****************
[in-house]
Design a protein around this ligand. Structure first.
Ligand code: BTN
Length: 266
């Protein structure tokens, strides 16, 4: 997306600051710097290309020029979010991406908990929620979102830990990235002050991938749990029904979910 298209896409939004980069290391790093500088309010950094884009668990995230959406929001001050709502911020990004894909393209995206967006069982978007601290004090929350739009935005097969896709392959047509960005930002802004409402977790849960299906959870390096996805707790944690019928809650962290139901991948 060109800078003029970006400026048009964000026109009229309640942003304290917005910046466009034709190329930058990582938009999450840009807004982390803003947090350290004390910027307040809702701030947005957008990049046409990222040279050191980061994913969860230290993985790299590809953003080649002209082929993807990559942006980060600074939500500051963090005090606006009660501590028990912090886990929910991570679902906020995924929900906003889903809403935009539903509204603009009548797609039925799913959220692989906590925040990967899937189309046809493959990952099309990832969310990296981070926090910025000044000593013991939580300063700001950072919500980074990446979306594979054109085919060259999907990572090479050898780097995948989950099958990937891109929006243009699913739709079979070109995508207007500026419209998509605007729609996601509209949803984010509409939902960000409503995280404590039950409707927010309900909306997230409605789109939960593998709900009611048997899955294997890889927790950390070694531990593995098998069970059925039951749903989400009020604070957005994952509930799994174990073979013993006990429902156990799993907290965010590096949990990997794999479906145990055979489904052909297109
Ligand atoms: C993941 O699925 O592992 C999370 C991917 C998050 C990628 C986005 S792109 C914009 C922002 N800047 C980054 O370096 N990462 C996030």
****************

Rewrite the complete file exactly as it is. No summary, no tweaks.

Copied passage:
[in-house]
Design a protein around this ligand. Structure first.
Ligand code: BTN
Length: 266
């Protein structure tokens, strides 16, 4: 997306600051710097290309020029979010991406908990929620979102830990990235002050991938749990029904979910 298209896409939004980069290391790093500088309010950094884009668990995230959406929001001050709502911020990004894909393209995206967006069982978007601290004090929350739009935005097969896709392959047509960005930002802004409402977790849960299906959870390096996805707790944690019928809650962290139901991948 060109800078003029970006400026048009964000026109009229309640942003304290917005910046466009034709190329930058990582938009999450840009807004982390803003947090350290004390910027307040809702701030947005957008990049046409990222040279050191980061994913969860230290993985790299590809953003080649002209082929993807990559942006980060600074939500500051963090005090606006009660501590028990912090886990929910991570679902906020995924929900906003889903809403935009539903509204603009009548797609039925799913959220692989906590925040990967899937189309046809493959990952099309990832969310990296981070926090910025000044000593013991939580300063700001950072919500980074990446979306594979054109085919060259999907990572090479050898780097995948989950099958990937891109929006243009699913739709079979070109995508207007500026419209998509605007729609996601509209949803984010509409939902960000409503995280404590039950409707927010309900909306997230409605789109939960593998709900009611048997899955294997890889927790950390070694531990593995098998069970059925039951749903989400009020604070957005994952509930799994174990073979013993006990429902156990799993907290965010590096949990990997794999479906145990055979489904052909297109
Ligand atoms: C993941 O699925 O592992 C999370 C991917 C998050 C990628 C986005 S792109 C914009 C922002 N800047 C980054 O370096 N990462 C996030």